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The effect of the COVID-19 pandemic on mental health calls for police service


Drawing upon seven years of police calls for service data (2014–2020), this study examined the effect of the COVID-19 pandemic on calls involving persons with perceived mental illness (PwPMI) using a Bayesian Structural Time Series. The findings revealed that PwPMI calls did not increase immediately after the beginning of the pandemic in March 2020. Instead, a sustained increase in PwPMI calls was identified in August 2020 that later became statistically significant in October 2020. Ultimately, the analysis revealed a 22% increase in PwPMI calls during the COVID-19 pandemic than would have been expected had the pandemic not taken place. The delayed effect of the pandemic on such calls points to a need for policymakers to prioritize widely accessible mental health care that can be deployed early during public health emergencies thus potentially mitigating or eliminating the need for increased police intervention, as was the case here.


In March of 2020, the World Health Organization declared Coronavirus Disease 2019 (COVID-19) as a pandemic (World Health Organization, 2020). Such major public health emergencies have the ability to foster feelings of fear, uncertainty, and loneliness due to increased risk of morbidity and death; public health measures meant to curb virus transmission, such as physical distancing, lockdowns, or quarantines; as well as possible or experienced unemployment, among other reasons (Fitzpatrick et al., 2020; Moreno et al., 2020; Rajkumar, 2020; Vigo et al., 2020; Vindegaard & Benros, 2020; Xiong et al., 2020). These factors, either alone or in combination, can in turn translate into higher levels of psychological distress (Pfefferbaum & North, 2020). In fact, since the onset of the COVID-19 pandemic, a broad body of literature has documented the detrimental effects the pandemic has had on mental health across the globe. More specifically, numerous studies from Canada (e.g., Jenkins et al., 2021; Zajacova et al., 2020), the United States (Holman et al., 2020), the United Kingdom (e.g., Daly et al., 2020; Proto & Quintana-Domeque, 2021), and elsewhere (e.g., Arendt et al., 2020; Rajkumar, 2020; Vindegaard & Benros, 2020; Wang et al., 2020; Xiong et al., 2020) have reported either deteriorations in self-reported mental health or heightened levels of specific symptoms—such as post-traumatic stress symptoms (PTSS), stress, anxiety, and/or depression—among their respective general populations during the COVID-19 pandemic. Other studies that have examined the effects of specific public health measures on mental health have revealed similar findings. Rossi et al. (2020), for instance, identified high rates of PTSS, depression, anxiety, and stress among the Italian general population during lockdown; whereas Wang et al. (2021) found similarly high rates of depression, anxiety, and stress among individuals subject to quarantine measures in China.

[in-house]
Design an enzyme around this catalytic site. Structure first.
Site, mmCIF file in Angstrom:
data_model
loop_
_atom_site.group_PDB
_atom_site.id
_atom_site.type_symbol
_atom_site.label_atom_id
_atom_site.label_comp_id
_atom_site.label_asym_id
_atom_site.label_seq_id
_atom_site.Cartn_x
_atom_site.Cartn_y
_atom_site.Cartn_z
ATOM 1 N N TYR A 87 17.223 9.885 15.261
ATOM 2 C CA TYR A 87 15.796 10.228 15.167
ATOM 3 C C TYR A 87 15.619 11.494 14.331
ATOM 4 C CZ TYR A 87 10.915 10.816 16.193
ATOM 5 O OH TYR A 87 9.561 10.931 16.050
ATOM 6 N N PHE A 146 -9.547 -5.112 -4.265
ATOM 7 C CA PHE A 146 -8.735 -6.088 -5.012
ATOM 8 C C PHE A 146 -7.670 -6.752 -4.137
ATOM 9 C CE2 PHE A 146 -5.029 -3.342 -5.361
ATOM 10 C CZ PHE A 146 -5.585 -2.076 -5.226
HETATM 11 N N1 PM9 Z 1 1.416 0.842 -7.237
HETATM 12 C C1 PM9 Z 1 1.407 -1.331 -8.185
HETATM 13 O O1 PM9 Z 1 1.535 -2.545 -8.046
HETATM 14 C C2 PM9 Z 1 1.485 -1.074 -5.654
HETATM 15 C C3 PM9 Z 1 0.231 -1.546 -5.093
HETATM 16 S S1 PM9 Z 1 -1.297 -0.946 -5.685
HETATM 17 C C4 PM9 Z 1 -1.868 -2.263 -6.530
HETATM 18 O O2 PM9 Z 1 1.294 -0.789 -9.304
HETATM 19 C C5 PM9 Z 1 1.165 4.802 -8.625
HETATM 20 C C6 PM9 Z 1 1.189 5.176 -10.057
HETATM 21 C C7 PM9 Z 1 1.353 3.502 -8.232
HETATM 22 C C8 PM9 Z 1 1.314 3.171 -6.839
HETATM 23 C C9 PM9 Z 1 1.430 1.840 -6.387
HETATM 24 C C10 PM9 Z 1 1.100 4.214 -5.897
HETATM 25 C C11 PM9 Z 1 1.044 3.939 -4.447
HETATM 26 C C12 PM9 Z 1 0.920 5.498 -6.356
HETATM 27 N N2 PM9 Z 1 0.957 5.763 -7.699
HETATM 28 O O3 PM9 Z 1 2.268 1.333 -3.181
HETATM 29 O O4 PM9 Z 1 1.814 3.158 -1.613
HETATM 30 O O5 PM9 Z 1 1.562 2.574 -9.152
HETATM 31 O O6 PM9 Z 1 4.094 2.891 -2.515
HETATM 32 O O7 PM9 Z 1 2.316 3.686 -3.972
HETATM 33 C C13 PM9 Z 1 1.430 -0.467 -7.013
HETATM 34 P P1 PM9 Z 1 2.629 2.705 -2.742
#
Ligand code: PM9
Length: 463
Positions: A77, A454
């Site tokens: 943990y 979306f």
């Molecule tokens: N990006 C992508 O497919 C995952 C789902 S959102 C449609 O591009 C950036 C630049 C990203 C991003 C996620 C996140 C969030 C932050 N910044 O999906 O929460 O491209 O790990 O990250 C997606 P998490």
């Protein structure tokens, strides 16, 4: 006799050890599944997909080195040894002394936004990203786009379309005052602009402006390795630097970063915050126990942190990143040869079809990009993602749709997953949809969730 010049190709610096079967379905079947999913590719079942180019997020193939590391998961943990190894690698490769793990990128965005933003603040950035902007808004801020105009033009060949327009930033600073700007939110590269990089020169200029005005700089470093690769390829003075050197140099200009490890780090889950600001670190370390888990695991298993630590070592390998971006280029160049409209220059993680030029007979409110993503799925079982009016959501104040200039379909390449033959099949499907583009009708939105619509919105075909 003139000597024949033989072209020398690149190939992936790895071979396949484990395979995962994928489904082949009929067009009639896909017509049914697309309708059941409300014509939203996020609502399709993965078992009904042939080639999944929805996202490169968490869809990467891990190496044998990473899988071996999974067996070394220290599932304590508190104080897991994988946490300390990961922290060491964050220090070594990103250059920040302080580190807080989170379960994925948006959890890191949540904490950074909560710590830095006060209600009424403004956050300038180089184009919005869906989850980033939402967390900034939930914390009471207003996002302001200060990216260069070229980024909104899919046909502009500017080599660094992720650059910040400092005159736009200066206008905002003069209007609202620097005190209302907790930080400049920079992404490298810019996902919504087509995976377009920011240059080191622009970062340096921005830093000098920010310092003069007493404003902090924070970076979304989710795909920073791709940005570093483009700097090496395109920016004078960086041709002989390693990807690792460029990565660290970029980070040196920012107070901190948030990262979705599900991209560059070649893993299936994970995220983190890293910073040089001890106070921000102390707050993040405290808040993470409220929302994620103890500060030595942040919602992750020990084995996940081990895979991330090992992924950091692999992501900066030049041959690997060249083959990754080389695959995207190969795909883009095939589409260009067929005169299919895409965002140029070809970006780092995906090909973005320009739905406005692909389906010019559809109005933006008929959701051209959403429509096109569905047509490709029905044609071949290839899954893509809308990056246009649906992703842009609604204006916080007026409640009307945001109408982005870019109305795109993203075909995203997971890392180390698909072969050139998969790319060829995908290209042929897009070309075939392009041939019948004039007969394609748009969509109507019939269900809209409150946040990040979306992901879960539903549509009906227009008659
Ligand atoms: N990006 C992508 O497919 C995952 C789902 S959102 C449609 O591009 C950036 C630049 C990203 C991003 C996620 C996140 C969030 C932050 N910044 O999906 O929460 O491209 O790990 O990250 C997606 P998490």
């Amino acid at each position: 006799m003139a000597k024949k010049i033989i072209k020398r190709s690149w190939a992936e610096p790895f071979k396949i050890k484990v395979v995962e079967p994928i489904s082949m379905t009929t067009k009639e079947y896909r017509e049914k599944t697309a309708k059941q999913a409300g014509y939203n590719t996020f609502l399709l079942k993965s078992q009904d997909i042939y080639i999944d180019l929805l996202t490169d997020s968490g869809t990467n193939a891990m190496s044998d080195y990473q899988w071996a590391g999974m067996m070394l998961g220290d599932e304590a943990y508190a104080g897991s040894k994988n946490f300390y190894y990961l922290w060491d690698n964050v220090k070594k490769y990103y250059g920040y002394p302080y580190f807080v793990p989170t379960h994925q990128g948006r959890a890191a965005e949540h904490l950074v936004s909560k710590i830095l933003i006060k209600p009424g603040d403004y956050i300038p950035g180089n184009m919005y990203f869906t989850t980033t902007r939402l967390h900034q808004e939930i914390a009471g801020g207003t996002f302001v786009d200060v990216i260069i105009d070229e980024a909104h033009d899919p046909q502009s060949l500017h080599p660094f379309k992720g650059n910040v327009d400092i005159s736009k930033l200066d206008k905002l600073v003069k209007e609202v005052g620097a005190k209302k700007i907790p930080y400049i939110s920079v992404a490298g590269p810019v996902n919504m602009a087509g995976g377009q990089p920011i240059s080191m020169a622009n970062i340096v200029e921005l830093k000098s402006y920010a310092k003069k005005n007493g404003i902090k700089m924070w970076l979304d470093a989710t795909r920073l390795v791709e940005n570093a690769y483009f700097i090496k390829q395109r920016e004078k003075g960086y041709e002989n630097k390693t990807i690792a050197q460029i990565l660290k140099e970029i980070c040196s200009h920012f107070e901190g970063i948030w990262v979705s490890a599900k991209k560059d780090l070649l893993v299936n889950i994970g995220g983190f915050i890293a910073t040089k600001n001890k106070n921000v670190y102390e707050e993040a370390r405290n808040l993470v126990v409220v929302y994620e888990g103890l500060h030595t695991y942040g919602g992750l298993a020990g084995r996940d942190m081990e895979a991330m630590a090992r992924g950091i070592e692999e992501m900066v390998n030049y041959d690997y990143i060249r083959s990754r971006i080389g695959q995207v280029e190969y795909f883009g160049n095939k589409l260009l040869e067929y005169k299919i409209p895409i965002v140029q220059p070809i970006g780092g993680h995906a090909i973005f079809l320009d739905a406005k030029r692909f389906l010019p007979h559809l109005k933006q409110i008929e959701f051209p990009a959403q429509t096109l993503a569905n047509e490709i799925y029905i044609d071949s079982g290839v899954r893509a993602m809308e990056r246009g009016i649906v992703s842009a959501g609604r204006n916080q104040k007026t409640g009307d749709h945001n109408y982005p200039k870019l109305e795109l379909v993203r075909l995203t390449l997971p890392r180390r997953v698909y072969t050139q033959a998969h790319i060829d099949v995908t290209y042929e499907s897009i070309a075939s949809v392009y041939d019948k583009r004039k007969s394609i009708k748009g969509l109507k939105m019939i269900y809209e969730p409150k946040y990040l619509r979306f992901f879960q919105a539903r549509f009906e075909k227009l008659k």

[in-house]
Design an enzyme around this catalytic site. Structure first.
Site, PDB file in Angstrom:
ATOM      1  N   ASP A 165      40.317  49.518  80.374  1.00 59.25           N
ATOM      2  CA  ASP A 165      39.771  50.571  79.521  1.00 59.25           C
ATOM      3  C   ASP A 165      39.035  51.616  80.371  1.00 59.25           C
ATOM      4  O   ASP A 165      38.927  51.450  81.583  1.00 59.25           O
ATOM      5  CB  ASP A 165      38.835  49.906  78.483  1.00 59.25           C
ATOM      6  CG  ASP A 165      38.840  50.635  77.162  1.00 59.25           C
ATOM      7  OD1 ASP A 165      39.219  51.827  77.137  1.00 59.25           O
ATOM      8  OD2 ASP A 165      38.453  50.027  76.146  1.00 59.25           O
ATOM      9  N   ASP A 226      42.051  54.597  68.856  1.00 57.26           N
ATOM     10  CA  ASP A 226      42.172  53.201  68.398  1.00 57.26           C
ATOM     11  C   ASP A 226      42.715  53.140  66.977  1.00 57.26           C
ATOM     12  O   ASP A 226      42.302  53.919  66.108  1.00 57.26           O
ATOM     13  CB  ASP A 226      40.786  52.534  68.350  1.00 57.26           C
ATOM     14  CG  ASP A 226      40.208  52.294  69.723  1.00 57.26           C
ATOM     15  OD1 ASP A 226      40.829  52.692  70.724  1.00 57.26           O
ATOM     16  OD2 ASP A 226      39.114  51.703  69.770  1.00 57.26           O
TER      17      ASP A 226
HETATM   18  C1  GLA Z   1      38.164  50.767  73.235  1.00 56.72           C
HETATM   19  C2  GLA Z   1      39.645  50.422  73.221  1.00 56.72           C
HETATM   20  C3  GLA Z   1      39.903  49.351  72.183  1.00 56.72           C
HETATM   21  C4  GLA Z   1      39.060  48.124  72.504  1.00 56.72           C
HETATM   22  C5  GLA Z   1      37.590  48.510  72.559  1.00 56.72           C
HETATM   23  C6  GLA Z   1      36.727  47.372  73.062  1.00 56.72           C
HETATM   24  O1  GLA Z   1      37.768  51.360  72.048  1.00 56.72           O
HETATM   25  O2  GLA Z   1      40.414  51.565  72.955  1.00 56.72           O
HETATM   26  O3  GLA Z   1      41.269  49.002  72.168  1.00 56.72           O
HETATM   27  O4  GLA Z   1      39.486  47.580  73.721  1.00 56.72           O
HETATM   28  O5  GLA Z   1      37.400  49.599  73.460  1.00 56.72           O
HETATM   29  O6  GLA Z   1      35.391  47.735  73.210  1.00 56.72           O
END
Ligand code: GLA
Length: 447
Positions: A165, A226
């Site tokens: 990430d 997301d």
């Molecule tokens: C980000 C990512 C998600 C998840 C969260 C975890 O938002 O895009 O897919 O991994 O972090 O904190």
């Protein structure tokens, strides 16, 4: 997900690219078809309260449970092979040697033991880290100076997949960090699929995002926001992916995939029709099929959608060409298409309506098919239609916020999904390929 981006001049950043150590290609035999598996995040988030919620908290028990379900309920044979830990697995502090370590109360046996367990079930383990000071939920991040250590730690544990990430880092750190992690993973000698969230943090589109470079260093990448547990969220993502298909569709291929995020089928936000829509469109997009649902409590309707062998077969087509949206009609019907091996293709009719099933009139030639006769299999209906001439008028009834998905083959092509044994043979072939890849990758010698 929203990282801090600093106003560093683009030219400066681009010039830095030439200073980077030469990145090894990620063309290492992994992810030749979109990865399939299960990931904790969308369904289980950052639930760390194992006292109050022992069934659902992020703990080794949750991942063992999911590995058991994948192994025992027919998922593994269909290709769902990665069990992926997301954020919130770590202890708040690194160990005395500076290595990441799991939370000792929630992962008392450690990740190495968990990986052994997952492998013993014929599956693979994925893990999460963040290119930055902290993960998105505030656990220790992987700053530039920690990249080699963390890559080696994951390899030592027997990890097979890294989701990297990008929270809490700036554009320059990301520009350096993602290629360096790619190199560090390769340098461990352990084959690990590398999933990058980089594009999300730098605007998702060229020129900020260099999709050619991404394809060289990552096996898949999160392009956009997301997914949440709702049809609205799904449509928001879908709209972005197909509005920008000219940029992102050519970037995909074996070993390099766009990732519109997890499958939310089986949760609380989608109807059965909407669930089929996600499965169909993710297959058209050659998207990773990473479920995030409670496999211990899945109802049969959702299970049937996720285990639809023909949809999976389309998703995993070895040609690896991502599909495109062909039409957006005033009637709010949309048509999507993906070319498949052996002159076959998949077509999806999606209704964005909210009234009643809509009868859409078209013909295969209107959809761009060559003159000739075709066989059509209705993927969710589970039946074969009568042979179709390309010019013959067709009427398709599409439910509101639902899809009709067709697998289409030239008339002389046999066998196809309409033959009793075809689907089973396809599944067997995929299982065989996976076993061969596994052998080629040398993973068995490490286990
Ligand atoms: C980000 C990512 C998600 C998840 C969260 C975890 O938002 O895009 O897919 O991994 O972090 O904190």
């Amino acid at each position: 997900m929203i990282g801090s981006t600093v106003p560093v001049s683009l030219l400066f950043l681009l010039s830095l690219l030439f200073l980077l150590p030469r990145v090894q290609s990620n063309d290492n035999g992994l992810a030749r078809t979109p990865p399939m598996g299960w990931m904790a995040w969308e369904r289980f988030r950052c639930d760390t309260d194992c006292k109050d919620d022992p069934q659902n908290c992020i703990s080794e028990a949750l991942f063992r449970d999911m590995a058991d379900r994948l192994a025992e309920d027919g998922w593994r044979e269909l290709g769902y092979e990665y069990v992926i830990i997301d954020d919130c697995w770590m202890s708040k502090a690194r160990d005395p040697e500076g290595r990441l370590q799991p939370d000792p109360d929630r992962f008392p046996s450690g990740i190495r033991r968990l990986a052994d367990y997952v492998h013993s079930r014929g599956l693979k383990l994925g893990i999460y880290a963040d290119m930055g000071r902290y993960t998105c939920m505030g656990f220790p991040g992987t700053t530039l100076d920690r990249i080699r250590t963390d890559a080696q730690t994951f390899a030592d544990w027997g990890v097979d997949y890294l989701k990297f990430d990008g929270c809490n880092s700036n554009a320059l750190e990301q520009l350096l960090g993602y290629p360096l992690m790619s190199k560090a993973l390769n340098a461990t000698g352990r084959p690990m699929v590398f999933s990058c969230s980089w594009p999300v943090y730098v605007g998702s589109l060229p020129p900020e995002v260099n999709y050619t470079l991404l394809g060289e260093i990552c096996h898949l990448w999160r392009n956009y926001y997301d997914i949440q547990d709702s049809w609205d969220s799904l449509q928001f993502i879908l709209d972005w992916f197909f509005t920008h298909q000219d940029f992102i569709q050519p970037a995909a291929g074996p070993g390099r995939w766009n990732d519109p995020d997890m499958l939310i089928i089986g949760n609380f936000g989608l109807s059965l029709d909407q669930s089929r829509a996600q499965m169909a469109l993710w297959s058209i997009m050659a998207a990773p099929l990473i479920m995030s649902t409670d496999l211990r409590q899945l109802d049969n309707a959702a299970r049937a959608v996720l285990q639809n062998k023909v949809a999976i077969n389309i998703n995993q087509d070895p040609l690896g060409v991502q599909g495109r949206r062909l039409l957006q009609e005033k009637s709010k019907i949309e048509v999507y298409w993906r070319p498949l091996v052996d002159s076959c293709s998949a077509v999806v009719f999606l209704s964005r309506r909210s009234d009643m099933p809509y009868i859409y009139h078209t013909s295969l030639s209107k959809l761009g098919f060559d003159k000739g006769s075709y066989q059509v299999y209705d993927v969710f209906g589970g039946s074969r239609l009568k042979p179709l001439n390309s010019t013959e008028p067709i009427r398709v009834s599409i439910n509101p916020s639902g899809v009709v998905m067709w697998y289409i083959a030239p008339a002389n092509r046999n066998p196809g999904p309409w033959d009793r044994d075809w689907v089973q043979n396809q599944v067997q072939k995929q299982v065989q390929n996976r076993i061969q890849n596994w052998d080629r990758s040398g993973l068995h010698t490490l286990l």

Additional lines of inquiry have also examined the pandemic’s mental health effects on specific sub-populations. Individuals with pre-existing mental health disorders, for instance, have reported increases in their respective symptoms (Vindegaard & Benros, 2020; Xiong et al., 2020), which have likely been additionally exacerbated for some due to disruption of in-person psychiatric care to accommodate public health measures (Moreno et al., 2020; Vigo et al., 2020). Healthcare workers on the frontlines have similarly reported heightened levels of stress, anxiety, and depression during the COVID-19 pandemic due to factors such as immediate exposure to the virus and death, concerns over infection of self and family members, lack of personal protective equipment, overwork, and burnout (Kock et al., 2021; Moitra et al., 2021; Mosheva et al., 2021). Emerging research has also identified that individuals who have recovered or are in-recovery after COVID-19 infection may experience depression or PTSS (Khademi et al., 2021; Vindegaard & Benros, 2020).